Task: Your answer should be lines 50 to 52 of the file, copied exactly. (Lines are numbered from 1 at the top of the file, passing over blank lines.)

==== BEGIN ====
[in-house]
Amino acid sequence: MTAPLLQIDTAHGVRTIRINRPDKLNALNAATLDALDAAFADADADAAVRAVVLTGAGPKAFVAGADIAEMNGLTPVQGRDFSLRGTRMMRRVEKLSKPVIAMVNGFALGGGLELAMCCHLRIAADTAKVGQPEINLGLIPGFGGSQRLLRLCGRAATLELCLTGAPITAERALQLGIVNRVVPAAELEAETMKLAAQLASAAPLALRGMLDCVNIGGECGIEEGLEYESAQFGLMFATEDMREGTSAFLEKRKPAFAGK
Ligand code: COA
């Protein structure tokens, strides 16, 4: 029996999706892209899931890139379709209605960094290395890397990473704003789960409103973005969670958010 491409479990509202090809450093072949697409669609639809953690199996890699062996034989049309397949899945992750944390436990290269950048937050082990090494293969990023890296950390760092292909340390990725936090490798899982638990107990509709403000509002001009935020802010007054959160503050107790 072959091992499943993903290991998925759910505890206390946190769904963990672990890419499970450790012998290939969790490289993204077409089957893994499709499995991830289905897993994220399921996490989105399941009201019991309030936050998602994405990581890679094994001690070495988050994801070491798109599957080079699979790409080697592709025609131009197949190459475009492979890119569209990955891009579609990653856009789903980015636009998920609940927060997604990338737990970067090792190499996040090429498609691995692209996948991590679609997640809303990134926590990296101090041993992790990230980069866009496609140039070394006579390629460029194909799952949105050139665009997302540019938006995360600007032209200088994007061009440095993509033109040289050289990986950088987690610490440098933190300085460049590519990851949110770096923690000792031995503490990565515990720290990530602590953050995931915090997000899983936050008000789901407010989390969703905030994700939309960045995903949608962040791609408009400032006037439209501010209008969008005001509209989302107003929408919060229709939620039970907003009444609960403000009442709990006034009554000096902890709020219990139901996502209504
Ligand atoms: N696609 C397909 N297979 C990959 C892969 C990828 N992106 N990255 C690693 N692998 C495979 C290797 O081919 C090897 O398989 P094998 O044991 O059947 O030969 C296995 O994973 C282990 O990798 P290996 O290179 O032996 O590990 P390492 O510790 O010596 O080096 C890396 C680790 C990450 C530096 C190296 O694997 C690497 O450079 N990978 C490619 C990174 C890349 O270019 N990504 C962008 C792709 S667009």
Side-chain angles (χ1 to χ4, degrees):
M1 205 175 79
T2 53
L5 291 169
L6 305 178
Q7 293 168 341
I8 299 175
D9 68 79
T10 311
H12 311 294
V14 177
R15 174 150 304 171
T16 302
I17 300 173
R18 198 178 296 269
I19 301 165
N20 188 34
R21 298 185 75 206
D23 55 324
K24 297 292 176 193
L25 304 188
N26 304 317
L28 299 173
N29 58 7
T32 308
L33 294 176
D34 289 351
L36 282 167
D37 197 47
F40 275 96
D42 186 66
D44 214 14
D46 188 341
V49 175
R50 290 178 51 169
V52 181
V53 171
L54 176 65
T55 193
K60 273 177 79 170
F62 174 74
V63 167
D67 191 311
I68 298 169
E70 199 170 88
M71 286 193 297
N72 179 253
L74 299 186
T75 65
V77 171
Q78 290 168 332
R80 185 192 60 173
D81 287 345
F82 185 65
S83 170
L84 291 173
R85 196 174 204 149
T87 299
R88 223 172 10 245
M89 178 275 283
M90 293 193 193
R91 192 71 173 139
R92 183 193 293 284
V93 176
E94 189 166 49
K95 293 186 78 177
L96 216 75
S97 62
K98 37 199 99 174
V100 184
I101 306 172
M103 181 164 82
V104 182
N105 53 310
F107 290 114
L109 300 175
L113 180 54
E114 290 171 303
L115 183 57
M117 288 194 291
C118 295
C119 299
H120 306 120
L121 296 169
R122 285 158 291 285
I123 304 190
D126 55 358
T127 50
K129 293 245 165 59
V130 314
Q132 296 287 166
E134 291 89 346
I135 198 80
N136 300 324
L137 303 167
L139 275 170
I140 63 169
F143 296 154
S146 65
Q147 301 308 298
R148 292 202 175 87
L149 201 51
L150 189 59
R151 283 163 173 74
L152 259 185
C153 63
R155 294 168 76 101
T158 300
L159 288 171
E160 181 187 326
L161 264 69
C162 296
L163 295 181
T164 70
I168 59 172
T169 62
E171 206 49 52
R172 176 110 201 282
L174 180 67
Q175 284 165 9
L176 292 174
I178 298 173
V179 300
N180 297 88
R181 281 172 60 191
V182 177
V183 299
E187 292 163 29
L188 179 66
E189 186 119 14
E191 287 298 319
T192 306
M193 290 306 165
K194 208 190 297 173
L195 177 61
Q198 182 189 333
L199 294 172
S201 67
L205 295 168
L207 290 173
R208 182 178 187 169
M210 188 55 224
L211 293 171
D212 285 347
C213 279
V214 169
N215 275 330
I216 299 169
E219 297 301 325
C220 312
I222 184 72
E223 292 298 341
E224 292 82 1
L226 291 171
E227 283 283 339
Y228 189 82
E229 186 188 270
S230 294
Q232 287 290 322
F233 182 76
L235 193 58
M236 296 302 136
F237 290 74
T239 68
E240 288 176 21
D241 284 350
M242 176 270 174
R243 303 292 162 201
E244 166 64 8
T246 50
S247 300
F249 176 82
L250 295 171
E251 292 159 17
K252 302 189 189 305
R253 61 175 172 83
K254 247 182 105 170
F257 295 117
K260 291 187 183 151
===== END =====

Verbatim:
E70 199 170 88
M71 286 193 297
N72 179 253